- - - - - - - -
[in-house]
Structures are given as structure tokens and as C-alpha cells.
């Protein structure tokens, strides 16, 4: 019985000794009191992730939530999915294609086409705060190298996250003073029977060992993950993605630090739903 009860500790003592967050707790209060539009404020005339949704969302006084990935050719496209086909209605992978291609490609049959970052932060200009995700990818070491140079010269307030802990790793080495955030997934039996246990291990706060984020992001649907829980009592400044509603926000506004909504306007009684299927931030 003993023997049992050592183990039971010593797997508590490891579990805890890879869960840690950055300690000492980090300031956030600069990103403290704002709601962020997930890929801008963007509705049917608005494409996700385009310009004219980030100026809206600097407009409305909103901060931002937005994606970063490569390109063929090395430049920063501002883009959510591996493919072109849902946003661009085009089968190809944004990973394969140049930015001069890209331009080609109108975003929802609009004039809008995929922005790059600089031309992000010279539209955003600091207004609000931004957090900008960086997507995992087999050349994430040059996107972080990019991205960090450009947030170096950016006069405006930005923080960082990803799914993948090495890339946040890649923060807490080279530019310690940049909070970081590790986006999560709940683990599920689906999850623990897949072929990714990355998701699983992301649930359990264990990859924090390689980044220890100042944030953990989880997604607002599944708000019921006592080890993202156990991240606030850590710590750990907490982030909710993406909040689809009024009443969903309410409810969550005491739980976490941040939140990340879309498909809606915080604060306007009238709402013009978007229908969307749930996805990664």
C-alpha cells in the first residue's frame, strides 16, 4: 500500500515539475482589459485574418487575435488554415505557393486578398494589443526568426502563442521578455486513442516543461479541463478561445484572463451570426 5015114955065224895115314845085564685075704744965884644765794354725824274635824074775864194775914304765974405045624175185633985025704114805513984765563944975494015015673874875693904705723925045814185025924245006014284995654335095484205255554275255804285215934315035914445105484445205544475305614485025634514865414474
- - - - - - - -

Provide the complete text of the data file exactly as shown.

[in-house]
Structures are given as structure tokens and as C-alpha cells.
């Protein structure tokens, strides 16, 4: 019985000794009191992730939530999915294609086409705060190298996250003073029977060992993950993605630090739903 009860500790003592967050707790209060539009404020005339949704969302006084990935050719496209086909209605992978291609490609049959970052932060200009995700990818070491140079010269307030802990790793080495955030997934039996246990291990706060984020992001649907829980009592400044509603926000506004909504306007009684299927931030 003993023997049992050592183990039971010593797997508590490891579990805890890879869960840690950055300690000492980090300031956030600069990103403290704002709601962020997930890929801008963007509705049917608005494409996700385009310009004219980030100026809206600097407009409305909103901060931002937005994606970063490569390109063929090395430049920063501002883009959510591996493919072109849902946003661009085009089968190809944004990973394969140049930015001069890209331009080609109108975003929802609009004039809008995929922005790059600089031309992000010279539209955003600091207004609000931004957090900008960086997507995992087999050349994430040059996107972080990019991205960090450009947030170096950016006069405006930005923080960082990803799914993948090495890339946040890649923060807490080279530019310690940049909070970081590790986006999560709940683990599920689906999850623990897949072929990714990355998701699983992301649930359990264990990859924090390689980044220890100042944030953990989880997604607002599944708000019921006592080890993202156990991240606030850590710590750990907490982030909710993406909040689809009024009443969903309410409810969550005491739980976490941040939140990340879309498909809606915080604060306007009238709402013009978007229908969307749930996805990664």
C-alpha cells in the first residue's frame, strides 16, 4: 500500500515539475482589459485574418487575435488554415505557393486578398494589443526568426502563442521578455486513442516543461479541463478561445484572463451570426 5015114955065224895115314845085564685075704744965884644765794354725824274635824074775864194775914304765974405045624175185633985025704114805513984765563944975494015015673874875693904705723925045814185025924245006014284995654335095484205255554275255804285215934315035914445105484445205544475305614485025634514865414474